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Univision, The CW unveil fall lineups

Spanish-language network Univision and teenage-girl-language network The CW each made history Thursday, with Univision introducing the most new shows in its history, and The CW the least.

The strategy at Univision, which unveiled 11 new programs, seems clear: The network is giving itself a makeover as part of a major marketing offensive in a year in which it hopes to attract throngs of new viewers with the World Cup soccer tournament and throngs of new advertisers when U.S. census results reveal a boom in the Hispanic population.

Much murkier is the thinking at The CW, which introduced only two new series. While such a move might mean "stability'' at most TV networks, The CW's target audience of females aged 13 to 34 may prefer the dreaded word "old."

The CW and Univision made their announcements in New York on the final day of the so-called upfronts, the meetings in which broadcast networks give affiliates a look at their fall schedules.

Nikita The CW's two new shows are Hellcats, starring Disney Channel alums Aly Michalka and Ashley Tisdale as members of a college cheerleading squad, and Nikita, with martial-arts idolette Maggie Q (at right) as a CIA assassin gone good.

The latter continues the weird afterlife of La Femme Nikita, a cynical 1990 spy film by French director Luc Besson that was loathed by critics and audiences in its home country but acquired a cult following in the United States. It's been remade as a big-budget American action thriller with Bridget Fonda, as a darkly conspiratorial series that lasted five seasons on the USA cable network, and now as a teenage superhero show.

To make room for Hellcats and Nikita, The CW canceled its soap remake Melrose Place and a handful of virtually unwatched reality shows including Blonde Charity Mafia, Fly Girls and High Society. (Another reality show, about couples losing weight for their weddings, is being held in reserve as a midseason replacement.) It also announced that the upcoming 10th season of its Superman's-boyhood series Smallville will be the last.

If The CW seemed to be playing a conservative hand of programming cards, Univision was shoving all its chips into the game. Though it's the top-rated Spanish-language network, Univision is rebuilding most of its schedule, with five new daily telenovelas and six weekly series.

"This is a very important time for us and for our advertisers," Univision's chief executive officer Joe Uva told The Miami Herald by telephone from New York. "Between the World Cup and the census, we are starting a 12-month period that may be the most important year in the history of the U.S. Hispanic community."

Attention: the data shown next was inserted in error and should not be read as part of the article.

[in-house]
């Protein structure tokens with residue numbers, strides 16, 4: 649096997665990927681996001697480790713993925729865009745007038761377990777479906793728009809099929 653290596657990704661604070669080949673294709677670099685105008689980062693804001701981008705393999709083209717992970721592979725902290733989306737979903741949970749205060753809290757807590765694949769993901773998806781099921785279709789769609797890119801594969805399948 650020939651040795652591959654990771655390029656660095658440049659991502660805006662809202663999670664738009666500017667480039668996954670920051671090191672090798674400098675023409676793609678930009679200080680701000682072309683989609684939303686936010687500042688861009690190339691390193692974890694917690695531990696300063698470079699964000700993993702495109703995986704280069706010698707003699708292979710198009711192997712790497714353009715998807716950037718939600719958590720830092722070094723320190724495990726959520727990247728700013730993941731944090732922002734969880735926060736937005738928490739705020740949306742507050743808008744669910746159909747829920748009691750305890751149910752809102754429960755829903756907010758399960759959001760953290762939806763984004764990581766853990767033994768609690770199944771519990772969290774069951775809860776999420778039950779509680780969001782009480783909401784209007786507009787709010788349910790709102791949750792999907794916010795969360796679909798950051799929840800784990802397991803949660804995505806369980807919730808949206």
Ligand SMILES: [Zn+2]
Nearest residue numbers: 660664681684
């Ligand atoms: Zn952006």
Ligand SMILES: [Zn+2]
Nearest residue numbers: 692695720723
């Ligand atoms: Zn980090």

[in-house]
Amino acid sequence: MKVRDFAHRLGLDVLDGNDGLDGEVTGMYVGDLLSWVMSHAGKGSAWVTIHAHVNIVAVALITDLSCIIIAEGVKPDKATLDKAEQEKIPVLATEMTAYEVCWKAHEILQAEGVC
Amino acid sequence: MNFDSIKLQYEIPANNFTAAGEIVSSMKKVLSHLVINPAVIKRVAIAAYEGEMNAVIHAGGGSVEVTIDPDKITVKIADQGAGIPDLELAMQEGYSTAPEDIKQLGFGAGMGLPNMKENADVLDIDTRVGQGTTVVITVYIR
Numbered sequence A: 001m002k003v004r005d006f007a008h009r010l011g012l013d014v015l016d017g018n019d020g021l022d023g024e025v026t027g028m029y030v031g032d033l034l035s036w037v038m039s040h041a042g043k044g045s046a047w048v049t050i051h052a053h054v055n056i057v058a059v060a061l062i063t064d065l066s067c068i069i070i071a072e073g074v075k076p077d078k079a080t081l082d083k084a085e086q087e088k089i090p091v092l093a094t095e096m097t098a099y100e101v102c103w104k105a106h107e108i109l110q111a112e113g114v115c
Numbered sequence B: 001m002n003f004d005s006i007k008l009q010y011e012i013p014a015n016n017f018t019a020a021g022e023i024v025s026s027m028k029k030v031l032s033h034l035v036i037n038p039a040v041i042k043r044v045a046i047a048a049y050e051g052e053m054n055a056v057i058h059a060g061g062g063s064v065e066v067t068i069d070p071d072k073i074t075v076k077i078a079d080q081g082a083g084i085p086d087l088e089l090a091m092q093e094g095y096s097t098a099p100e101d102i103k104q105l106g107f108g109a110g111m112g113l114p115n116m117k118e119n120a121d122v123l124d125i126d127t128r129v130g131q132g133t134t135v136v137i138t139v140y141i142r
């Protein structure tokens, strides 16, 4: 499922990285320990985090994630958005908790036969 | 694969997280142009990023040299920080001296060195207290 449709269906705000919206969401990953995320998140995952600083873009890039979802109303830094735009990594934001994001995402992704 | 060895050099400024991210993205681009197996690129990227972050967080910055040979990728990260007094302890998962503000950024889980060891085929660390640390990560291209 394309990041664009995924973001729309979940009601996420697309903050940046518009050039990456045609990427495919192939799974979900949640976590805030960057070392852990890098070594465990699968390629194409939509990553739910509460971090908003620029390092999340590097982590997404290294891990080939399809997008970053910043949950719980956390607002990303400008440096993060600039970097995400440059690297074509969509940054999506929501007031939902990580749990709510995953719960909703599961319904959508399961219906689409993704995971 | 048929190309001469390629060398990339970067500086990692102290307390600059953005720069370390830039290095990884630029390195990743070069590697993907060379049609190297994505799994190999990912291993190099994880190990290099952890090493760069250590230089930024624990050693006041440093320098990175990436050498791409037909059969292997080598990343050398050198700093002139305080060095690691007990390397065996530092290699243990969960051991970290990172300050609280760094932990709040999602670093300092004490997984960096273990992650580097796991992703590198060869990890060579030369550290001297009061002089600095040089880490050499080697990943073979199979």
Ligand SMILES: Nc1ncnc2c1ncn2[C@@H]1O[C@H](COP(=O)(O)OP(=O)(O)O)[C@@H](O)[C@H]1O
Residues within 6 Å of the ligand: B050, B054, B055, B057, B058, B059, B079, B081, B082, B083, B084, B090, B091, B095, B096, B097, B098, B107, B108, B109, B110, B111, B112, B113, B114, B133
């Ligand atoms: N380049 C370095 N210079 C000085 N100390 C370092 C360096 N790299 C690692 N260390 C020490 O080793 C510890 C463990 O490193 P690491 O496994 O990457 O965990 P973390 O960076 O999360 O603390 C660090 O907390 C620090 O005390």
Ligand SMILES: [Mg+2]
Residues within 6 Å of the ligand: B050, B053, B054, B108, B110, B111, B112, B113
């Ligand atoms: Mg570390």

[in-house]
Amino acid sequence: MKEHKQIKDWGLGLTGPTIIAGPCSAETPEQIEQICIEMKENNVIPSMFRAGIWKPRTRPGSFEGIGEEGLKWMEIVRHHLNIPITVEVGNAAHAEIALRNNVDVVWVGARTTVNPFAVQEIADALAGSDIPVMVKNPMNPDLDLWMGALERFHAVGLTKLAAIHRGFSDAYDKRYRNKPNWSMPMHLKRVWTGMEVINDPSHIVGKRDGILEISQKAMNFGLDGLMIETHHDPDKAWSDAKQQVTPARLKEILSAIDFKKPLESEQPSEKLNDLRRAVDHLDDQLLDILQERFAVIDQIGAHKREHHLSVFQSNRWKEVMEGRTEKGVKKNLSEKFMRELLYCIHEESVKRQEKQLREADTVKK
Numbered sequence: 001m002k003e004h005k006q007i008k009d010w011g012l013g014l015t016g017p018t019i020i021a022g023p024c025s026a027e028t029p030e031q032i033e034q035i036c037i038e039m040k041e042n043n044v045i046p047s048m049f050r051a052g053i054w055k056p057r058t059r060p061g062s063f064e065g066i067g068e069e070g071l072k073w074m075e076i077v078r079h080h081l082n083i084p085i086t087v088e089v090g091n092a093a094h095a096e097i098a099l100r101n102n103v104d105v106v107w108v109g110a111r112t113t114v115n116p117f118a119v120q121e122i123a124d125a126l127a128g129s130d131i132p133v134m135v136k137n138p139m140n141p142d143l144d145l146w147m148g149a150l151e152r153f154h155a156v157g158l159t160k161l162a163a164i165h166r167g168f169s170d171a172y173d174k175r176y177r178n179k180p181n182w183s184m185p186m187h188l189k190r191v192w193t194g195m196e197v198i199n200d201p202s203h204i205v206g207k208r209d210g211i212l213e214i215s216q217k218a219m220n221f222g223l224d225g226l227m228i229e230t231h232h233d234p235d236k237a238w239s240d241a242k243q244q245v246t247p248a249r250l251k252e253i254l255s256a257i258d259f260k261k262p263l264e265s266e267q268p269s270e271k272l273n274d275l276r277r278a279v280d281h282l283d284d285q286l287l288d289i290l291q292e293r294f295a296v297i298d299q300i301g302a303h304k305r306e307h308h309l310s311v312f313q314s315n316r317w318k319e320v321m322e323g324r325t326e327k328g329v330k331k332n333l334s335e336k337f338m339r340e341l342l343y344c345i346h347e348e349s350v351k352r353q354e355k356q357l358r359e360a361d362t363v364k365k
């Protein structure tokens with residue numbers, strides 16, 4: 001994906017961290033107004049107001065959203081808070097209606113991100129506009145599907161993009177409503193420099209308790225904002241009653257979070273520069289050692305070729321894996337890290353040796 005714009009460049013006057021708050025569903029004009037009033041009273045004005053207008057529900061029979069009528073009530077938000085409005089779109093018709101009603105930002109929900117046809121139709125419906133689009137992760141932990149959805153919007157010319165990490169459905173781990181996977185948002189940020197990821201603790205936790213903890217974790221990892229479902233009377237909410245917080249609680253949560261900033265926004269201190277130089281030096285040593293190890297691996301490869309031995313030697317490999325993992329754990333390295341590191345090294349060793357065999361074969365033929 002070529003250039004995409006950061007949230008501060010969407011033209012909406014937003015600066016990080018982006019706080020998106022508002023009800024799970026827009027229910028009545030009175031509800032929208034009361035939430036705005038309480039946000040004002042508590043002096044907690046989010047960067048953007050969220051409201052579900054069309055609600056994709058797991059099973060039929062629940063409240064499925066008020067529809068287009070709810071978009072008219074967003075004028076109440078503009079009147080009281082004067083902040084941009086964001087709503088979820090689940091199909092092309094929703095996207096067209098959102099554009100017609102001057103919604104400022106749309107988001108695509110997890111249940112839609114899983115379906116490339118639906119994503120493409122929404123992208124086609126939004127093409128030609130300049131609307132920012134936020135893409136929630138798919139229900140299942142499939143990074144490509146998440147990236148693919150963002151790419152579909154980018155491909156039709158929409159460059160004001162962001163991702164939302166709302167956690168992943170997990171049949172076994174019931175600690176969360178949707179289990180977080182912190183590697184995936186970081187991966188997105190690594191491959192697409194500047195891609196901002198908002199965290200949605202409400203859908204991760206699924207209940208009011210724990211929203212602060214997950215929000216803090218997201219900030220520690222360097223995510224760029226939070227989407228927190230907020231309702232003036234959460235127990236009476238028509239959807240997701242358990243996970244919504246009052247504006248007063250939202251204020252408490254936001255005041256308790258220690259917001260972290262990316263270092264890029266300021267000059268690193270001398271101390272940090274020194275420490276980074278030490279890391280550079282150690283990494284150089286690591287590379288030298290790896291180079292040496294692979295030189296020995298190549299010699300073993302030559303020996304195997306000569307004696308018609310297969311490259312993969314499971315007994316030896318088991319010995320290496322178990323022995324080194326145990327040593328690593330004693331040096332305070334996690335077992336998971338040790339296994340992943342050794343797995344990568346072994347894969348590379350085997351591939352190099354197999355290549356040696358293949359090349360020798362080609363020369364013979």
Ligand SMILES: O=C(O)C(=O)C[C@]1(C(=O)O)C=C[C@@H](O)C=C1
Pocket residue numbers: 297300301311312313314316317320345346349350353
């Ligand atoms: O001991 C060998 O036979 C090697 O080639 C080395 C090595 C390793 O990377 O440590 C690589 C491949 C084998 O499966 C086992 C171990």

In hopes of permanently capturing some of the millions of new viewers who tune in for its telecasts of all 64 World Cup matches -- plus advertisers enticed by census data on the Hispanic boom -- Univision is significantly broadening its programming beyond its staple novelas.

Its three new reality show are led by Mira Quien Baila(Look Who's Dancing), which has, network programming boss Cesar Conde says, "the three things Hispanics love most -- music, dancing and celebrities." Desafio: La Gran Batalla (The Challenge: The Big Battle) is a cross between Survivor and The Great Race, and the title of shopping-spree Llevatelo Todo (Grab It All) is pretty self-explanatory.

Univision's other new weekly series include the drama Cuna de Lobos (Cradle of Wolves), a reworking of a wildly popular 1980s novela about a murderous corporate wife that stars Cuban-born hunk William Levy; the comedy Los Exitosos Perez (The Successful Perezes) about a mutually unfaithful married couple, and El Gran Show, a combination variety and game show.

The network's new slate of novelas includes the first entry from its own studio (a co-production with Venezuela's Venevision): Eva Luna, whose heroine is an advertising executive who suspects her boyfriend murdered her father. Zacatillo, Un Lugar en Tu Corazon (Zacatillo, A Place In Your Heart) is also built around crime: a famous actress fleeing a killer.

More traditional novelas include the rags-to-riches Mar de Amor (Sea of Love) and the ugly-duckling tale Llena de Amor (Big on Love). And Soy tu Duena (You Belong To Me) is a romance powered by Mexican novela superstars Fernando Colunga and Lucero.


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John Totten

Would somebody explain why Univision and Telefutura don't have either SAP or closed captioning in English available. I can imagine the outcry if this were any of the major networks.
Is it hubris or economics?
Thank heaven I KNOW the rules of Soccer.


just great

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